Name: CMHC’s Debt service calculator
Apps and online tools for homebuyersType: Online calculator
Cost: Free
Claim: This calculator will help you compare the level of your monthly debt and housing expense payments to your gross monthly household income.  It’s the same assessment your mortgage advisor will perform when qualifying you for a mortgage.
Pros: To qualify for a mortgage rate and a mortgage you must submit proof of income, among other financial documentation. This documentation is then used to calculate your debt ratios—how big of a piece of pie is taken up by your current debt repayment. This online tool gives you a snapshot of what the pros are looking at and gives you a better idea as to whether or not you could qualify for a mortgage loan. (For more on debt service ratios, see my post on how they are used by your lender.)
Cons: The tool doesn’t take into consideration how different types of income are treated differently by lenders and it doesn’t factor in all monthly expenses.


Name: Globe and Mail’s: Down payment tool
Apps and online calculators for homebuyers
Type: Online tool
Cost: Free
Claim: Saving for a down payment is the entrance exam for home ownership. But in cities where prices are surging to record levels, passing the test is a greater challenge than ever for first-time buyers. Saving up can take years longer than it once did. How long will it take you to break into the market? Find out with our new interactive tool.
Pros: Great interactive tool to help you determine how long it will take you to save up a 20% down payment for a home in your city of residence.  
Cons: The tool is limited to 12 municipality choices—11 of Canada’s largest cities along with an “other” option that can be used if you fall outside of the 11 listed cities.


Should I buy this house?

Name: Hometrics.ca
App and online tools for homebuyersType: Online tool
Cost: Free or $29 per segment or $99 for full address report. Monthly or annual plans also available.
Claim: The credit report for your home. Avoid hazards before you buy.
Pros: Want to avoid buying a home with potential nuisance neighbours? Want to know if there are registered sex offenders living in the area? Concerned about watermain breaks. The free version of Hometrics allows you to input an address within the Greater Toronto Area and it provides a synopsis of 12 areas that can impact your enjoyment or your home’s value. The paid version gives you a very robust snapshot of the house, the neighbourhood and how these metrics compare to other GTA neighbourhoods. No doubt about it, the paid version of this report is packed with information. Great for real estate investors or for buyers who want a more quantifiable report on the neighbourhood.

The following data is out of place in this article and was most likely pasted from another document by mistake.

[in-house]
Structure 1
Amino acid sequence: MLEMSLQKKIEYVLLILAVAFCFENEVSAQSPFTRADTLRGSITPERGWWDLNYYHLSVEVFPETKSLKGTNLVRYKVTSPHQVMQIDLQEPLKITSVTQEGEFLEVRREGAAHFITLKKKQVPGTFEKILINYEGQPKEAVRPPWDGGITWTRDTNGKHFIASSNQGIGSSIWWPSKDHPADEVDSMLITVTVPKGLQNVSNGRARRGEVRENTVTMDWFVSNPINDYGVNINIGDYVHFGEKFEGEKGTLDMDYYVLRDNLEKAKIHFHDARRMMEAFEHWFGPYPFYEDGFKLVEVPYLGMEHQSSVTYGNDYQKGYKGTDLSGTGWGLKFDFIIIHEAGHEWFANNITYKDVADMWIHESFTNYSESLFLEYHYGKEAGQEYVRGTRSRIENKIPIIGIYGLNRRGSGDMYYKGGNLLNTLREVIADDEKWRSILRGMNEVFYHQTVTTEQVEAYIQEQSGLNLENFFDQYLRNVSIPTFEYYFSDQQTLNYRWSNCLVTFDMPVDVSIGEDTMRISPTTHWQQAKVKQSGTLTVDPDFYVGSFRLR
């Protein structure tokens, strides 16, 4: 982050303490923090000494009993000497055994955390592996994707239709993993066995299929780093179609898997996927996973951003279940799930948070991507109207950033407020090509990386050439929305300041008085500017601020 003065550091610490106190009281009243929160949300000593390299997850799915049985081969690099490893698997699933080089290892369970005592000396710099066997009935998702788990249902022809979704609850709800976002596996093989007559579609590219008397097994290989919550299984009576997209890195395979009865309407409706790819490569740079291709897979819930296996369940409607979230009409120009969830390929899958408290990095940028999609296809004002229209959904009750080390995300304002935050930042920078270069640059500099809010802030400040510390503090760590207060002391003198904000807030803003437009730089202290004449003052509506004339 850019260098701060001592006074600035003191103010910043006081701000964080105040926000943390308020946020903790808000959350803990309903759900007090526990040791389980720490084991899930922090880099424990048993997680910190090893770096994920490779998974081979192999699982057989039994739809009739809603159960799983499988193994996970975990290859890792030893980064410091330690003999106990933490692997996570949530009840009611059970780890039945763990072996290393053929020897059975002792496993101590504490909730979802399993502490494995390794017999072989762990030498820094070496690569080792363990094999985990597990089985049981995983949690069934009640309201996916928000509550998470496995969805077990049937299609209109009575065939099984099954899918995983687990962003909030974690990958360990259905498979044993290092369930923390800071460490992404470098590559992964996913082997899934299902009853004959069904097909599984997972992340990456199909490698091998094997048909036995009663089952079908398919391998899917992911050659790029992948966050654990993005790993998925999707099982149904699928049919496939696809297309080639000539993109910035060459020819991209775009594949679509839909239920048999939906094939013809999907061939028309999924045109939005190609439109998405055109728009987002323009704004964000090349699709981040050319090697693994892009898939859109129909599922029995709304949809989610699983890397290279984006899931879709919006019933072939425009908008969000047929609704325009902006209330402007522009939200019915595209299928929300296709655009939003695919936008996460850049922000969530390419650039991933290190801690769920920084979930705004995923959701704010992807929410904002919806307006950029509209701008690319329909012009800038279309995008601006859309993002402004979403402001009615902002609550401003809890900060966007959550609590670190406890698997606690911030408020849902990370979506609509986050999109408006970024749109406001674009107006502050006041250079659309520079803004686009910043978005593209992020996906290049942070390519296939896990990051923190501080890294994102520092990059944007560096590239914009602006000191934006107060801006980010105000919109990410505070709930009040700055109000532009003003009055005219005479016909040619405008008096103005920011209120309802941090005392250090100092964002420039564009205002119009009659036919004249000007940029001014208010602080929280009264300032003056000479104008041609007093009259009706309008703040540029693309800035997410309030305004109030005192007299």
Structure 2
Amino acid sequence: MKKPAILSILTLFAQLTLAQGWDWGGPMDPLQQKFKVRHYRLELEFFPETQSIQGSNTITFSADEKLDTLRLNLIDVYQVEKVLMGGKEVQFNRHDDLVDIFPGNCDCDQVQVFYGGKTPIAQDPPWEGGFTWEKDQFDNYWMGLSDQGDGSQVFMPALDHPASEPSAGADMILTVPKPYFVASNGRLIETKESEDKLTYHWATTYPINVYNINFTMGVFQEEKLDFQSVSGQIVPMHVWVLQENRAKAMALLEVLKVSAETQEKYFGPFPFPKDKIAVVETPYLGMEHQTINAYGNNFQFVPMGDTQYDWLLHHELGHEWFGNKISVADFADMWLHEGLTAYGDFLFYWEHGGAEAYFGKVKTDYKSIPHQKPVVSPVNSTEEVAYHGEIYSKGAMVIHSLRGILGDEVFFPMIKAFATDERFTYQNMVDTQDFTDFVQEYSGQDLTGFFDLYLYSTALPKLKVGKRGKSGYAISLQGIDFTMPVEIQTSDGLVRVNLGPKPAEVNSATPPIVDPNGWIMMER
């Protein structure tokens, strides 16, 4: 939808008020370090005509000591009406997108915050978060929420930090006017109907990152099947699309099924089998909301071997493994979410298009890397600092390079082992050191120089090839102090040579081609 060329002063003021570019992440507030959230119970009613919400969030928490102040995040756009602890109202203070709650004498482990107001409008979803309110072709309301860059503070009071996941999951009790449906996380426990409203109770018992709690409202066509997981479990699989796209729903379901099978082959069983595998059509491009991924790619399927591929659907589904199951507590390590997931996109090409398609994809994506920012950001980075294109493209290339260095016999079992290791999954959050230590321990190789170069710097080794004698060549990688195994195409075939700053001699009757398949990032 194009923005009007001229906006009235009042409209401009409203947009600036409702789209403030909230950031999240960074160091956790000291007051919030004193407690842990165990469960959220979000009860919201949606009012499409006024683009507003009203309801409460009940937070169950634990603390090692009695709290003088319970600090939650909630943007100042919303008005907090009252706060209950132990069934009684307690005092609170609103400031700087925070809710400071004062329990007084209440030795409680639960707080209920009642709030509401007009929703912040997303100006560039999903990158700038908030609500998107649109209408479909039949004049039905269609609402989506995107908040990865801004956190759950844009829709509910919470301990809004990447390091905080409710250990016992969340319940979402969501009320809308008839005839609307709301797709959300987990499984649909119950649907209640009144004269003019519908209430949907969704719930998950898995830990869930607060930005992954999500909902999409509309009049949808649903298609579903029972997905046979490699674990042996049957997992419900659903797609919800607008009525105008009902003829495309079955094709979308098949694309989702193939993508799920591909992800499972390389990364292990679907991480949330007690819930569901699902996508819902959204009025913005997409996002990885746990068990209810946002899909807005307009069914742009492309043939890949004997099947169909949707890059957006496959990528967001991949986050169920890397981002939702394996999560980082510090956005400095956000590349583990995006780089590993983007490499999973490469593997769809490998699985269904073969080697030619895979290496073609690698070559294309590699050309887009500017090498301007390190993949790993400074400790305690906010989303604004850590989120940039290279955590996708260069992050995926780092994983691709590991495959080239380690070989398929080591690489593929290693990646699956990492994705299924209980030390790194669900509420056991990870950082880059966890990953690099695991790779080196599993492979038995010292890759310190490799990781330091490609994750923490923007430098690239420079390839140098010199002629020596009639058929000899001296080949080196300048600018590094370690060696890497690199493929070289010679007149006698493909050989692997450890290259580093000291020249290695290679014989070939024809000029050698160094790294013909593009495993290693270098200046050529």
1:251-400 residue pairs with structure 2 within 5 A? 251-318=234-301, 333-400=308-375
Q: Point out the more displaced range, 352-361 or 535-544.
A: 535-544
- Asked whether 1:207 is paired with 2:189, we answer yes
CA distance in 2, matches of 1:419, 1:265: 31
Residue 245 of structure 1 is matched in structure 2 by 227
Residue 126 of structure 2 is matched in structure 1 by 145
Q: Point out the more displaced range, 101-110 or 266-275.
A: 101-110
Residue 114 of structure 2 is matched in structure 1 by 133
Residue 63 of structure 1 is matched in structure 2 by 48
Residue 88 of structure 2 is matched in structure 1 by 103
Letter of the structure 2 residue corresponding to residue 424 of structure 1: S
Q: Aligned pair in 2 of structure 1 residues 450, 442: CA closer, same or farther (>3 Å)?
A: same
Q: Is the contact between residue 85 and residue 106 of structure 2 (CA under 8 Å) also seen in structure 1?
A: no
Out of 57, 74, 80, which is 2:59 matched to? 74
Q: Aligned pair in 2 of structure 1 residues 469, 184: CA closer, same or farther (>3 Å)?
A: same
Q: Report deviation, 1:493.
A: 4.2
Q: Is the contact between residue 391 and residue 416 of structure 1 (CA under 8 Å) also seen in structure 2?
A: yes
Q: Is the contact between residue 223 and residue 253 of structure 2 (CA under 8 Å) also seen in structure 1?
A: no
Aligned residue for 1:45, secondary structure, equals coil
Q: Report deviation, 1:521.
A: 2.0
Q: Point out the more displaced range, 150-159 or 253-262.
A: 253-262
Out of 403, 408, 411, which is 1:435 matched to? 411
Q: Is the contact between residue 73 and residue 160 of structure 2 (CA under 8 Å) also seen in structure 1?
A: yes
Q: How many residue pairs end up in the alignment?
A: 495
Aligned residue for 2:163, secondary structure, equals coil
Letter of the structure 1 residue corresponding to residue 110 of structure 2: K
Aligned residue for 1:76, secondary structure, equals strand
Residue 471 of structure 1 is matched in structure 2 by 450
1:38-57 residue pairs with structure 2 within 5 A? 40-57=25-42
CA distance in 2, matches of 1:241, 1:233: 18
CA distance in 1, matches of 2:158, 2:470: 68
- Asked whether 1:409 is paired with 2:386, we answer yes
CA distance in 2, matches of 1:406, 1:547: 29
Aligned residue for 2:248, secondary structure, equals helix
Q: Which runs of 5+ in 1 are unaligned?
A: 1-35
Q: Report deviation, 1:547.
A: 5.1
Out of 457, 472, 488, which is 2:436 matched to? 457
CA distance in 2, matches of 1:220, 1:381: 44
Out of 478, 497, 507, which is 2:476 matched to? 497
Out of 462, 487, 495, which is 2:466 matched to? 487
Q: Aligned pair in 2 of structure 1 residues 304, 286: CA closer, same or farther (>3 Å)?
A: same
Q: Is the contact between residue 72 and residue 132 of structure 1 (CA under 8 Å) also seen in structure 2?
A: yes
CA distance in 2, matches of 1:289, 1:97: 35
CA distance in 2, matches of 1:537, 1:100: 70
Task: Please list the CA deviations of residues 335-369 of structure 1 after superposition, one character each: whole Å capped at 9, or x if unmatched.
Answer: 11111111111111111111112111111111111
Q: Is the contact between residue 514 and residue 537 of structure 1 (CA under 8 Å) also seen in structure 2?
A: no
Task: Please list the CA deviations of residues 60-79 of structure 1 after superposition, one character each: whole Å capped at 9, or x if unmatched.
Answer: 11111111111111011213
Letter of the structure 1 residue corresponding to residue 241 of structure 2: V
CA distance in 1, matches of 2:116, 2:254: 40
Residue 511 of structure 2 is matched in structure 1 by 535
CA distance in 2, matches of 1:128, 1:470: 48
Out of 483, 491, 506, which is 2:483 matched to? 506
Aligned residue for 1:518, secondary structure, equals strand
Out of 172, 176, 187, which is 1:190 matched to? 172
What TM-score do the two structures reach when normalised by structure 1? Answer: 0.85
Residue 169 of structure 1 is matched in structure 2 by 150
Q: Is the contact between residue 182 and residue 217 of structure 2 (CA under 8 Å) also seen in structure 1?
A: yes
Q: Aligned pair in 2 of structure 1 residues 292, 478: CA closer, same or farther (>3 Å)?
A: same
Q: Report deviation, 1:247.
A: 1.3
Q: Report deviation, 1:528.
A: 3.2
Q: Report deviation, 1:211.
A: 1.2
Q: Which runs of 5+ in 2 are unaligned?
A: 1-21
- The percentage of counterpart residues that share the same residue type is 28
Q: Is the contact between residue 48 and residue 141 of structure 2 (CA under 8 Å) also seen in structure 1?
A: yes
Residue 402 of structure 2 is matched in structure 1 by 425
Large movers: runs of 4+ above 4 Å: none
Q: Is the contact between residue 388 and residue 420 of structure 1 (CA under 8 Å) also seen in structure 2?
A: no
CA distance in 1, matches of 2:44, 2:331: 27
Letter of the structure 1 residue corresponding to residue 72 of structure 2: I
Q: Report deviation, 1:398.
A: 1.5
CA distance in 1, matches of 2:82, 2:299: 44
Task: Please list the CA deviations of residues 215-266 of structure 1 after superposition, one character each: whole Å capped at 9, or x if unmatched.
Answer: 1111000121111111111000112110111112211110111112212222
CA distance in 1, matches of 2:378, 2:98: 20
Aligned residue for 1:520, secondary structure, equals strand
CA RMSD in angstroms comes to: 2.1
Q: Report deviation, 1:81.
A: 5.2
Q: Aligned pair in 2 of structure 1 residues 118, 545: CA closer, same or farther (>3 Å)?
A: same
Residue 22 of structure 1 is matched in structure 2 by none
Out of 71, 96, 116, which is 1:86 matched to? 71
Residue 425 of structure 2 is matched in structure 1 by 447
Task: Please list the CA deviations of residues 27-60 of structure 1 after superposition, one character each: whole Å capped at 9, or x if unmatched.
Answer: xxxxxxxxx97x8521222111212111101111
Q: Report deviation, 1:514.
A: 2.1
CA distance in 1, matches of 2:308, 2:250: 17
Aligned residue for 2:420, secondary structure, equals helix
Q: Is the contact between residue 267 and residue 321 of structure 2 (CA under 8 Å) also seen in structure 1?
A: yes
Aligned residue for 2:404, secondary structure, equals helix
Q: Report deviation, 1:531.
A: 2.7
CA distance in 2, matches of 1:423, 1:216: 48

Cons: It’s limited to the Greater Toronto Area and much of the information may not help a buyer narrow down what a home is really worth.


What mortgage should I get?

Name: Karl’s Mortgage Calculator
Apps and online calculators for homebuyers
Type: App / Online calculator
Cost: Free / Free
Claim: Mortgage calculator with graphs, amortization tables, overpayments for Canada.
Pros: Want to play with different variables, such as annual prepayments, extra monthly payments or different sizes of down payment? This is the calculator for you. Even with all the free mortgage calculators in the online space this one stands out. You can opt to change just about any variable or factor that impacts your mortgage and your payments. Plus, the calculator provides a series of views, letting you see monthly principal and interest payments or annual breakdowns.
Cons: Because it’s so robust, it’s easy to forget what parameters you’ve used and that can lead to errors. For instance, in a recent blog post I ran some numbers and accidently reported the bi-weekly payments as the monthly mortgage costs. A reader pointed out my error and I realized I’d forgotten to change the payment frequency settings (under the Settings tab). The key is to be disciplined about checking all the parameters before using the final summation.


Name: TaxTips.ca: Loan/Mortgage Calculator
Apps and online calculators for homebuyersType: Online calculator